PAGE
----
When you enter a period room, you are invited to feel like you have been transported to a real place where a real person once lived. But the Minneapolis Institute of Art (Mia) wants you to know that may not be the case. On 22 April, the institution unveiled an unorthodox overhaul of six of its 17 period rooms as part of an ongoing initiative to change the way the public thinks about these spaces.
Until recently, Mia—one of the first US museums to bring period rooms into its collection in the early 20th century—used two of its newly-refurbished rooms, the 1772 Charleston Dining and Drawing Rooms, to tell the story of decorative arts in the American colonies. But colonial furniture had no connection to the rooms’ original inhabitant.
“Early on, period rooms were sourced by antiques dealers for museums that were eager to represent period style—they weren’t looking at authenticity,” says Jennifer Komar Olivarez, Mia’s head of exhibition planning and strategy. More recently, the once-popular spaces have been “treated as pass-through spaces”, Komar Olivarez says. “They weren’t paying off anymore.”
With grants from the Milwaukee- based Chipstone Foundation and the National Endowment for the Arts, among others, the museum set out to learn more about the owner of the Charleston rooms: Colonel John Stuart, the South Carolina-based Commissioner of Indian Affairs for Britain’s southern colonies. In the late 18th century, he helped to maintain peace between British settlers and Native Americans. Curators delved into early South Carolina legislative records and confirmed that Stuart was a slave owner (he owned some 200 slaves). They also researched Stuart’s family tree and learned more about his Cherokee son.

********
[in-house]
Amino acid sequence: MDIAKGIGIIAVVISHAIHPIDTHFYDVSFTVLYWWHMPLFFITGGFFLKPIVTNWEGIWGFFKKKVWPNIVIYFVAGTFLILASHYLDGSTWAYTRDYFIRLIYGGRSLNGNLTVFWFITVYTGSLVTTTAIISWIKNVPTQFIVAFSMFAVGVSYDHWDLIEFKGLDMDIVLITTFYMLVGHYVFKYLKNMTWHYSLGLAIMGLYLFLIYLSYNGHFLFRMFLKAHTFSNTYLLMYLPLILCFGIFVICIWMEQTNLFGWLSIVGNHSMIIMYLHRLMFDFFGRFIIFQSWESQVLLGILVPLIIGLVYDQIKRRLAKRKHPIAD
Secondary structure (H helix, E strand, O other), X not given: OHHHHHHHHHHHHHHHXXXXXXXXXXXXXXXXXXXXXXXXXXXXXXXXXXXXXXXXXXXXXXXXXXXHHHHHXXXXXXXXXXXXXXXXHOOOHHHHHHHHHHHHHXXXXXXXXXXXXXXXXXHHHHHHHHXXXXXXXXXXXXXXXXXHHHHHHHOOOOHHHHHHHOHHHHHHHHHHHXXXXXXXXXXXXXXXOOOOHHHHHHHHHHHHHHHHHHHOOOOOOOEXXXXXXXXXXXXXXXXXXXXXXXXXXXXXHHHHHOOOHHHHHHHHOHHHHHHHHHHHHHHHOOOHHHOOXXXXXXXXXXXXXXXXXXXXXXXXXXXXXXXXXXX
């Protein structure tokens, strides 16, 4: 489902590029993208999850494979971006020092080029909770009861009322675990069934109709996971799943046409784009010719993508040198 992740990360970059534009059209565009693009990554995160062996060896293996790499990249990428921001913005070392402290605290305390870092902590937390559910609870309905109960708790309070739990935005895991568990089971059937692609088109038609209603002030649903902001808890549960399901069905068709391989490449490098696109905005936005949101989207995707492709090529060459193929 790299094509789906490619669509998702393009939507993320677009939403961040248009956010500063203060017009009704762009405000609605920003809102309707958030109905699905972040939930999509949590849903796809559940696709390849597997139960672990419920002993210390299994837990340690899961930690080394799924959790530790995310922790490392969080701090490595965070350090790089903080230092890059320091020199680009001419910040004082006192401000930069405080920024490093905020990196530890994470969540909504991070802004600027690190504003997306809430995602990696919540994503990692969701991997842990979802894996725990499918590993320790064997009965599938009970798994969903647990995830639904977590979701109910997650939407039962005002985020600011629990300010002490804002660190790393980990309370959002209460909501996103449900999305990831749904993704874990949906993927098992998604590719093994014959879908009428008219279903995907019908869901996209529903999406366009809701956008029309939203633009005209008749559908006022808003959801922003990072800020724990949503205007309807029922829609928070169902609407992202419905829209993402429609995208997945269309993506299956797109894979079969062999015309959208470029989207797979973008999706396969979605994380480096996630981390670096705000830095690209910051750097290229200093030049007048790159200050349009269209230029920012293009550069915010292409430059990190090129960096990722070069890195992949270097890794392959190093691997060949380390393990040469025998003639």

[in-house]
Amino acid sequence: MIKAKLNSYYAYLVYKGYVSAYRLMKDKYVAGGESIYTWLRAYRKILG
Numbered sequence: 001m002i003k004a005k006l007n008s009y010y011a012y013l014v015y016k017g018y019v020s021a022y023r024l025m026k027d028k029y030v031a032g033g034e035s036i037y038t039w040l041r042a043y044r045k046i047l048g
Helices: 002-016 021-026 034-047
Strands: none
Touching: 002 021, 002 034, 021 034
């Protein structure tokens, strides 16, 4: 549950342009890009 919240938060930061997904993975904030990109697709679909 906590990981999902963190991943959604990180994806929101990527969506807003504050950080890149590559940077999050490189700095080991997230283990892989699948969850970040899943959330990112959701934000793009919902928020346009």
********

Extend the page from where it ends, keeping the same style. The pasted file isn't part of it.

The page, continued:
They then looked for objects to tell these previously untold stories. In the dining room, curators added an English tilt-top table that better reflected Stuart’s taste for British furniture, and grass baskets like the ones that slaves on his plantations would have used.
Curators also added non-traditional elements, such as contemporary art, period clothing and video interviews, to explore the role of Native Americans and enslaved Africans in Stuart’s world. Without them, the curators say, he would have had neither wealth nor status.
“Almost by default, the narratives about individuals in these rooms tend to be about those in positions of power,” says Alex Bortolot, Mia’s content strategist. “One of our primary callings… is to invite the voices of those who have largely been marginalised in the telling of American history back into the rooms.”
Although some visitors may be surprised by Mia’s new approach (on view until 15 April 2018), the curators say they are not taking as many liberties as one might think. In fact, most period rooms do not contain original furniture. The only component of the Charleston rooms that came directly from Stuart’s home is the wall panelling. “These rooms are constructions—but so is history. This project illustrates that very clearly,” says Jan-Lodewijk Grootaers, the museum’s curator of African art.
Treasure hunt: objects found for the Charleston Rooms Powder horn with scenes from the Indian Congress at Fort Picolata (1768)
This powder horn includes the only known portrait of John Stuart (the figure in the tricorn hat). It is a carving of the first Indian Congress in 1765, where he helped negotiate a land treaty with the local Creek people. Curators discovered the powder horn in the collection of John and Marva Warnock in 2015 and then used an eyewitness account to identify Stuart in the carving.
Shan Goshorn’s Playing Their Hand (2013)
The Native American artist Shan Goshorn created this work after examining a Cherokee gambling basket in the archives of the Smithsonian Institution in Washington, DC. The exterior features historical accounts of three Cherokee warriors’ journey to England to visit King George III in 1762.
Cherokee artist’s bandolier bag (1825-50)
Curators searched for objects to illustrate the diplomatic exchange between Cherokee and British representatives during Stuart’s time. This bag—as well as the moccasins and sash that are displayed elsewhere in the room—is similar to those worn by Cherokee leaders during negotiations with the British.